The Humble Petitioner

Fighting for Rights in 18th Century Massachusetts

Write the next chapter in the unfinished struggle. In Colonial America, those without the right to vote were forced to pursue other avenues to have their voices heard. While protests and even riots were common, many used the universal right to petition in order to reach legal solutions to the problems they faced.

Explore the power of petitions in Old State House’s Council Chamber–the very room where colonial and early state governments considered these and many other petitions from working men, women, enslaved people, and Native tribes to advocate for their rights to freedom, autonomy, property, and more! This exhibit brings visitors through the process of advocacy in the colonial world, emphasizing the use of formal petitions to change policies and address needs relevant to the 17th and 18th centuries and, in many cases, still struggled with by Americans today.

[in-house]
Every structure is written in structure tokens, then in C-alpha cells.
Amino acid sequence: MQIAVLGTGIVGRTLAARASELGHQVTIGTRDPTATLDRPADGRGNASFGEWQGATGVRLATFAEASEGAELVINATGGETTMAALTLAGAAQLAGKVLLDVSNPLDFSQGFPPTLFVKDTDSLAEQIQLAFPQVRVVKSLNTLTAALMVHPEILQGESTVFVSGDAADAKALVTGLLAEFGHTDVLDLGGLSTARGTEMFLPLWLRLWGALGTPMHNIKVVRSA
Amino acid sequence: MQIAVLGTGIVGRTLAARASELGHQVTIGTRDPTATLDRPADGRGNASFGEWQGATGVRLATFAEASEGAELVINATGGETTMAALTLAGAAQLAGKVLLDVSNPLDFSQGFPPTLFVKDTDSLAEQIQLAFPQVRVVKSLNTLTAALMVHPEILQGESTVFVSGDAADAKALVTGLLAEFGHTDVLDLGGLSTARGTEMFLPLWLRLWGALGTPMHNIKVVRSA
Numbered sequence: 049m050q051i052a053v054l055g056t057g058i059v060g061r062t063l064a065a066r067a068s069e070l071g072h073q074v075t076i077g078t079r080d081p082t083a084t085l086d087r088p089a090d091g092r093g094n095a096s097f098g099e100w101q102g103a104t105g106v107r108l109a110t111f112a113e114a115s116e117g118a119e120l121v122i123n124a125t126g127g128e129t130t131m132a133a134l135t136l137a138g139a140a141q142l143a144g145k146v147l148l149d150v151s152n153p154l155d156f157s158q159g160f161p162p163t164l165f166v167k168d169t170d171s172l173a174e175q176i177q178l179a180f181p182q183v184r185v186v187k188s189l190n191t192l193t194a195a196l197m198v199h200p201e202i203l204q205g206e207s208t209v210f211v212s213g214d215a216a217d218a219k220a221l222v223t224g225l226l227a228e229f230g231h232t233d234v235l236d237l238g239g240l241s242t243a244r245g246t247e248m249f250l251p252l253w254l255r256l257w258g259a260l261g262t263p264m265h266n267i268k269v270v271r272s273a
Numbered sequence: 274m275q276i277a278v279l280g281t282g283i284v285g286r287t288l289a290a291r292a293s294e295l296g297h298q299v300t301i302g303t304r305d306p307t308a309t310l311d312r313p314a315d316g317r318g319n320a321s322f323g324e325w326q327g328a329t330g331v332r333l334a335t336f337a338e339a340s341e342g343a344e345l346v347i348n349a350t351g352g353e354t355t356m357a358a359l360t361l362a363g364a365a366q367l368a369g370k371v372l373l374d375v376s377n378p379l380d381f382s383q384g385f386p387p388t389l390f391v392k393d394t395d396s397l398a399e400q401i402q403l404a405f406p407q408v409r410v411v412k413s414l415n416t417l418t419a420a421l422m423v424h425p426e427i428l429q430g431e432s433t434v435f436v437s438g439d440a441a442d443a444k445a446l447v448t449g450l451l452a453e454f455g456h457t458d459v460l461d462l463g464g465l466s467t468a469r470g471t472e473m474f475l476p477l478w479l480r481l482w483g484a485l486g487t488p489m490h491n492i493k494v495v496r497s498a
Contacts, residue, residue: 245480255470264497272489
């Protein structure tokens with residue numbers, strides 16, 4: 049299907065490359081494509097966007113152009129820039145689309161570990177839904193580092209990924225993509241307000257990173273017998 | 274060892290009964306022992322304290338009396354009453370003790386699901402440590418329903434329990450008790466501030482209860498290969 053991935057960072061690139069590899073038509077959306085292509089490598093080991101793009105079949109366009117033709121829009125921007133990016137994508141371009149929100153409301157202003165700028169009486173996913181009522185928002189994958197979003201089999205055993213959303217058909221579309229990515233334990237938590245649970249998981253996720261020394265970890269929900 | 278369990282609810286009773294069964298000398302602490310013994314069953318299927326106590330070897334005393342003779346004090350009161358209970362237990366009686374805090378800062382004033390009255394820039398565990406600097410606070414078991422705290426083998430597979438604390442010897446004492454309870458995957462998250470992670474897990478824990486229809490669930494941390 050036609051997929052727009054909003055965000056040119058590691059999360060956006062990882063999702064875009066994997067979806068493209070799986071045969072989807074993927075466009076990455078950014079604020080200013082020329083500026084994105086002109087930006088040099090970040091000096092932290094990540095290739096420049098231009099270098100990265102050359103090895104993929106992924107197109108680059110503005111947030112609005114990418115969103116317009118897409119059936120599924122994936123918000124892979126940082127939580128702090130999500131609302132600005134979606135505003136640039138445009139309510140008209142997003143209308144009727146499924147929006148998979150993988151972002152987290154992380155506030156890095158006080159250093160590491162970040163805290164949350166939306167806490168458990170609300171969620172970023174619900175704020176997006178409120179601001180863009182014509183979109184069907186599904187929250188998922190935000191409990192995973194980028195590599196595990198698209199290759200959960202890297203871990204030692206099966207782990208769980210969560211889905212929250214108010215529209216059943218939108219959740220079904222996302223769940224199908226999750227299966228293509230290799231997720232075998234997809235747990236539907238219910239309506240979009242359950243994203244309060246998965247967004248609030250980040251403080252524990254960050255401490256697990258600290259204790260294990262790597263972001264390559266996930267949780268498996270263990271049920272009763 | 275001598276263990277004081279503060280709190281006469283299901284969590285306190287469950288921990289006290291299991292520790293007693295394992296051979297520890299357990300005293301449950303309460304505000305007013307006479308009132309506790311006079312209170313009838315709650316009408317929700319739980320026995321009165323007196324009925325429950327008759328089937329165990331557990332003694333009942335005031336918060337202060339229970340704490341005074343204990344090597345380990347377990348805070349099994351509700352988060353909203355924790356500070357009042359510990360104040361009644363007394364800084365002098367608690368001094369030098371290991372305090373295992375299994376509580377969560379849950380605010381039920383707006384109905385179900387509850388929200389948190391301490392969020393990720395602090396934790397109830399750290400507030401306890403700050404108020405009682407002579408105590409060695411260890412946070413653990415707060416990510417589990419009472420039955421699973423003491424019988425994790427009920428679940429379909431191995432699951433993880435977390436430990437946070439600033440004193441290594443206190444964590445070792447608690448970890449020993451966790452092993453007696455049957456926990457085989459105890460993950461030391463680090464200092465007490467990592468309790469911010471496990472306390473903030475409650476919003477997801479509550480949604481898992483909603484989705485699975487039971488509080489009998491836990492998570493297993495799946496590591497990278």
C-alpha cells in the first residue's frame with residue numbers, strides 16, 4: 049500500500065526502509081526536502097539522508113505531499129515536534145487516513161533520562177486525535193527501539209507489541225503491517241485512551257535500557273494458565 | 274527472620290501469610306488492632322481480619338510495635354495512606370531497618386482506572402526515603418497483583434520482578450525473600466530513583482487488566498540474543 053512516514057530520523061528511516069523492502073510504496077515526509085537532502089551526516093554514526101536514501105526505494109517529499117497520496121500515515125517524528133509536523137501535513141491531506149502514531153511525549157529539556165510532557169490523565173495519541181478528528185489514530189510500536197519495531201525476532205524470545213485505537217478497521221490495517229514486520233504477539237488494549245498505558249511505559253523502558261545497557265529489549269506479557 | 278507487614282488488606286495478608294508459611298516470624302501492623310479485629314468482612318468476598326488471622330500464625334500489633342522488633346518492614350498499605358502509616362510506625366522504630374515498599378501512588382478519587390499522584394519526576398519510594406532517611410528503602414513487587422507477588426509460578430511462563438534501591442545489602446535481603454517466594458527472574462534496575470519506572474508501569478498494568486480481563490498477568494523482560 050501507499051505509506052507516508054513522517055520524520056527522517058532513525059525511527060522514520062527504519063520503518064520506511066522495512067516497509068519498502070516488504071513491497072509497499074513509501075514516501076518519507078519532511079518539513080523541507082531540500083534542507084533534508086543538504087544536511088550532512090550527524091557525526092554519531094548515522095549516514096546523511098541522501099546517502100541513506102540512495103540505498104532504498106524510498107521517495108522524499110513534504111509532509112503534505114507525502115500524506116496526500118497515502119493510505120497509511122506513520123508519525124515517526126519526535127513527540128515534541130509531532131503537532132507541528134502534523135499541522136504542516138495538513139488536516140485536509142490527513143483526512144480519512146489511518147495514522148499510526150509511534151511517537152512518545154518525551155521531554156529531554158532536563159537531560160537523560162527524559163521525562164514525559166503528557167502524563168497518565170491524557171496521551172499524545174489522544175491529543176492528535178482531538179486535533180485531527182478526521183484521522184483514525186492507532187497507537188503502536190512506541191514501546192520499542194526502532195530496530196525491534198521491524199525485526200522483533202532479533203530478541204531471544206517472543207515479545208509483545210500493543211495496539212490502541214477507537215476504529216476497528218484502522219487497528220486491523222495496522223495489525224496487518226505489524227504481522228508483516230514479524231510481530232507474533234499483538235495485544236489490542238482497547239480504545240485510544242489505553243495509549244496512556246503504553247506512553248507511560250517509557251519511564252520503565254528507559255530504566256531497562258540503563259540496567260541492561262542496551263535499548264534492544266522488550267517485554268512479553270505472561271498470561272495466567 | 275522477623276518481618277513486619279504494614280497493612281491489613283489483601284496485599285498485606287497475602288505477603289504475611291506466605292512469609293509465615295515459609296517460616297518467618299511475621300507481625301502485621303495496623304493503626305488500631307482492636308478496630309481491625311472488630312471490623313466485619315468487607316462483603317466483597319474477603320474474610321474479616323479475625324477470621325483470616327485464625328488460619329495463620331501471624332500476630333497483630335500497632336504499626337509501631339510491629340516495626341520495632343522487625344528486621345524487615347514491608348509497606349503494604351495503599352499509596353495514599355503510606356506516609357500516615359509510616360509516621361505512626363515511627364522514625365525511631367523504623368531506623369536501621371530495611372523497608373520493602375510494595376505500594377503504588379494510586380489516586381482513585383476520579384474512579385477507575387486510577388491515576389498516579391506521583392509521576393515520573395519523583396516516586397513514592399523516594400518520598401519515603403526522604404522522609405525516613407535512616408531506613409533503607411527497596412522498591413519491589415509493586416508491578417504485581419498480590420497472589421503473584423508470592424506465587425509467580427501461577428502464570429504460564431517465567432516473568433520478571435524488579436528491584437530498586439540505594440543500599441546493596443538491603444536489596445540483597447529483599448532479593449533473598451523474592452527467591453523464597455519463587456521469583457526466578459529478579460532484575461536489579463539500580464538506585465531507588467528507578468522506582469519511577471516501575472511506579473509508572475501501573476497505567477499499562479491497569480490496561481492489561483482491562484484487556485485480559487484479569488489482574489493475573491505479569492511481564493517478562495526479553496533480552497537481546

Supported in part by Meet Boston.

Open Daily

At the Old State House

Entrance is included in the price of admission.

Boston Tea Party 250th Anniversary

This year, Revolutionary Spaces is commemorating the 250th anniversary of the Boston Tea Party, which took place at Old South Meeting House on December 16, 1773. This exhibit is made possible through the generous support of our Boston Tea Party 250th Anniversary Commemoration Transformational Partner: Meet Boston Foundation.